The number of children who've developed deadly nut allergies has tripled in the last 20 years.

Luckily, a new treatment developed here is helping to reduce that threat by giving the child exactly what could kill them.

Dr. Eli Silver is a pediatric allergy specialist at Rainbow Babies and Children's Hospital.  Since November he's been helping to desensitize 5-year-old Adam Schenker's allergic reaction to peanuts.

Adam is one of the thousands who suffer from a severe peanut allergy. His allergy was discovered when he was just one-year-old.

However, recently he was able to try it for the first time, and like many of us, he likes it.

It's really a constant, everyday risk.

There isn't a day that Wendy, Adam's mom, doesn't worry about his exposure to peanuts. Even touching a surface could set off a deadly allergic reaction. 

Last November, Adam's family began taking steps to desensitize him to peanuts, little by little. 

How does it work?

Well, It usually involves starting with very very small amounts of peanut protein so tiny that it's below the level that can activate the reaction it's almost 1/50,000 of a peanut, nobody reacts to that.

For weeks, Adam has been building his tolerance leading up to the moment where he tastes peanut butter. 

His family says it took a lot of courage to start, but the result are life changing,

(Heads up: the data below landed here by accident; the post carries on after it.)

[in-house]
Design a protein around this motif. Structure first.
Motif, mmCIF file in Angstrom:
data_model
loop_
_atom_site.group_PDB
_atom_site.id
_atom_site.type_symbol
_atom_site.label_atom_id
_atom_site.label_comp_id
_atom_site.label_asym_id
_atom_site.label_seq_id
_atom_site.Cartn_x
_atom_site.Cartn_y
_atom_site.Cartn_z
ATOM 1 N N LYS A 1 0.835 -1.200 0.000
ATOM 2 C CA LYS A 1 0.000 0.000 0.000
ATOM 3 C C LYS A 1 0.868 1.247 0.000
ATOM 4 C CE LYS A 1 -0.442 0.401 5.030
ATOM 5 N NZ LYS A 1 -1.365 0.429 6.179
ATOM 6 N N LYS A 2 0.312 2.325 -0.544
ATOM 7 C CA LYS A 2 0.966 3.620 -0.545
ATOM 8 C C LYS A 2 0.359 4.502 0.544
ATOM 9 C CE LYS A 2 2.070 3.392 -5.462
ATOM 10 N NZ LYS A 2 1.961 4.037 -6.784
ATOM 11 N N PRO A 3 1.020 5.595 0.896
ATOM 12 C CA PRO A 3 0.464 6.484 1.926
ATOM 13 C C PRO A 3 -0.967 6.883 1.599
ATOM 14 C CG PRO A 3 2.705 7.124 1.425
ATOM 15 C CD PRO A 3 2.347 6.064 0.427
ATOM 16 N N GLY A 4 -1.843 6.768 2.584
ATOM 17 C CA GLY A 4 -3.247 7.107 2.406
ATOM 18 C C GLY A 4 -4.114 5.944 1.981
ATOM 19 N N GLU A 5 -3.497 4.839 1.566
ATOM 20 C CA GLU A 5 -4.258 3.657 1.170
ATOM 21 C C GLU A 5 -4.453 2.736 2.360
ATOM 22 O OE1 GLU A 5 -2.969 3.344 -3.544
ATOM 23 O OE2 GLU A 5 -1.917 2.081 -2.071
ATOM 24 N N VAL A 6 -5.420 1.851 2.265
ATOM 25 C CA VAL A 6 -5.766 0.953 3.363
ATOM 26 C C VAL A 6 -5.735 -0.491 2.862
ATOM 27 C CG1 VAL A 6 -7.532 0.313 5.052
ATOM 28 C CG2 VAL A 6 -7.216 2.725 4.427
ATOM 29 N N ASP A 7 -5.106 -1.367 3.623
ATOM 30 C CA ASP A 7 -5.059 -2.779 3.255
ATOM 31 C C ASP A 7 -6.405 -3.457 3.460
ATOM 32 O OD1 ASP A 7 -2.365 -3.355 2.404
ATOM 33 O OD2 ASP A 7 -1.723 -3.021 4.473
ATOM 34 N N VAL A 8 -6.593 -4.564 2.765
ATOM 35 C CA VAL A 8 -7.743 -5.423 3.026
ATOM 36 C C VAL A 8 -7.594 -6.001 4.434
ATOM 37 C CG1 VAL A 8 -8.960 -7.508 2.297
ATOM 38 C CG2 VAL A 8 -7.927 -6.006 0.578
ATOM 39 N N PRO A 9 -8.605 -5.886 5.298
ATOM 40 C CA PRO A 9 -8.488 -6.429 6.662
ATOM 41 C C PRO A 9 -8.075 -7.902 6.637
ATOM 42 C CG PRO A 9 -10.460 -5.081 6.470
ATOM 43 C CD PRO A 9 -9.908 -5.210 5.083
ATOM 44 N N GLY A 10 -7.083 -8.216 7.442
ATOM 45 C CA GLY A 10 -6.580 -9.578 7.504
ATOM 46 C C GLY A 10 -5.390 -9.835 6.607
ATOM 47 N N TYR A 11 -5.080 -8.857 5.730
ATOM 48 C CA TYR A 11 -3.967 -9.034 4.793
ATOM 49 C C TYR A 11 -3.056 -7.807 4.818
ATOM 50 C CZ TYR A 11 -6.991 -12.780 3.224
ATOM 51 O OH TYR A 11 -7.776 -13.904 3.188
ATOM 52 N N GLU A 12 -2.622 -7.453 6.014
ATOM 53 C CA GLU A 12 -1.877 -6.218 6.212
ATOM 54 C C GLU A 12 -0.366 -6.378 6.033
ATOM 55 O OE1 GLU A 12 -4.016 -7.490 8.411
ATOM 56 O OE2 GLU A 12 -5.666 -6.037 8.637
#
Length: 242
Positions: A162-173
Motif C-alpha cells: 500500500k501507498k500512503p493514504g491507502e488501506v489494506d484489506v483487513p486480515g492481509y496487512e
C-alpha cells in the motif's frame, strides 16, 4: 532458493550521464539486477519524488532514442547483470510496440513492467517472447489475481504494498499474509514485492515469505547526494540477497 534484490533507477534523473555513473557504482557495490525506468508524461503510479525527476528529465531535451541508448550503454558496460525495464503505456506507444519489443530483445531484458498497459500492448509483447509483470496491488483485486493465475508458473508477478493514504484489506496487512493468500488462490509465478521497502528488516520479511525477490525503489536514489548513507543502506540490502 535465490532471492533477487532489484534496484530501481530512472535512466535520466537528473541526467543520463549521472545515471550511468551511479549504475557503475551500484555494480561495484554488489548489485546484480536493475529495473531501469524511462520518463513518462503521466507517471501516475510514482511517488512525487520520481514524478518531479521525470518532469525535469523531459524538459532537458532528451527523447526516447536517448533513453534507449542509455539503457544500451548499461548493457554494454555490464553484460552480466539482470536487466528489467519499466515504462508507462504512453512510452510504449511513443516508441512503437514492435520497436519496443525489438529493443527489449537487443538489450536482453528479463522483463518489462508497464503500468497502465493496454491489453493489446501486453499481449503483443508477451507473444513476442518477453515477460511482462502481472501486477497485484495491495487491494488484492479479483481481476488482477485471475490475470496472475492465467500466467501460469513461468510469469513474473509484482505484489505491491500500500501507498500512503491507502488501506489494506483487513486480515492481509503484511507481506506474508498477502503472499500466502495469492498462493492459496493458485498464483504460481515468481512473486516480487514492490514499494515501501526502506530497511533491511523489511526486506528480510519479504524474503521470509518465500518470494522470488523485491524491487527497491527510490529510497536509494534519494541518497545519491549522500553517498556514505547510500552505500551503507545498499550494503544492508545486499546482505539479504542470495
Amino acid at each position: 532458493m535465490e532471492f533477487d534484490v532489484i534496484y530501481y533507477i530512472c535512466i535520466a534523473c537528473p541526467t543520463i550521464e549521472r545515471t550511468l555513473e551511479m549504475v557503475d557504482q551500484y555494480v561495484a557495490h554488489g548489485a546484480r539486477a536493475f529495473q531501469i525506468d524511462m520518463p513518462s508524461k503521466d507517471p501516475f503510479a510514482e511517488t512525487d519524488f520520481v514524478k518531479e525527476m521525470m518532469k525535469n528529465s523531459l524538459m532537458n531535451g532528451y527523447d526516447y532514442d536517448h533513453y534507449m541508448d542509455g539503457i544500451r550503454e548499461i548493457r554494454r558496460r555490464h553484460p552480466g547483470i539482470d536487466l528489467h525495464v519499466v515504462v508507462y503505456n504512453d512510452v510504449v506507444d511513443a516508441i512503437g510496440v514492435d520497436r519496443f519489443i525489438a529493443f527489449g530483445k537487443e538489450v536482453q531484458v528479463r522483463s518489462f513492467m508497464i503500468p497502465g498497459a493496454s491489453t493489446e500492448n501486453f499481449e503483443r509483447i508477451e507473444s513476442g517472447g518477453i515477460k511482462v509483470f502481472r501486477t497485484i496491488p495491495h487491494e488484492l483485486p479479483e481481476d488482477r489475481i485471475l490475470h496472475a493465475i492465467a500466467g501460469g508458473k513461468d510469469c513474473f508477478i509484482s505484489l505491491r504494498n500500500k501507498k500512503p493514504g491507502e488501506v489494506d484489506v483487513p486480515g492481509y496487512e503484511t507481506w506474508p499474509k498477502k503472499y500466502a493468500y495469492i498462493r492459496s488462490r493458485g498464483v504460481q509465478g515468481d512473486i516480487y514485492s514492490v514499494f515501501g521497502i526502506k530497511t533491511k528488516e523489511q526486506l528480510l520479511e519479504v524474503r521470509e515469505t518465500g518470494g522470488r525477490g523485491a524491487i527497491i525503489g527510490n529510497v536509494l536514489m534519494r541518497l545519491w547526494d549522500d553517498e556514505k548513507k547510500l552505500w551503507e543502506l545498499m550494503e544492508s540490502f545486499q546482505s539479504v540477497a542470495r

"It takes a lot of strength, it's very stressful and intense and to know that your child is protected is a wonderful piece of mind to have," said Wendy. 

After finally trying the treat, Adam had no reaction.

His tolerance will continue to build over time, but in the mean time, her won't have to spend his life worrying about every bite he takes. 

"I really feel that it's lifesaving because it's reducing this thing that is potentially lethal and it's everywhere."

The oral immunotherapy has been used for peanut allergies for a few years, but Rainbow is one of the first in our region to offer it.

Meanwhile, guidelines have changed regarding when parents should give nuts to their children.

Studies have shown, babies given peanuts early on are 80 percent less likely to develop an allergy. 

It's encouraged that you talk with your pediatrician, but the thought is that peanut exposure between four and six months of age.

If the baby has an egg allergy or eczema, they may be at higher risk for an allergy.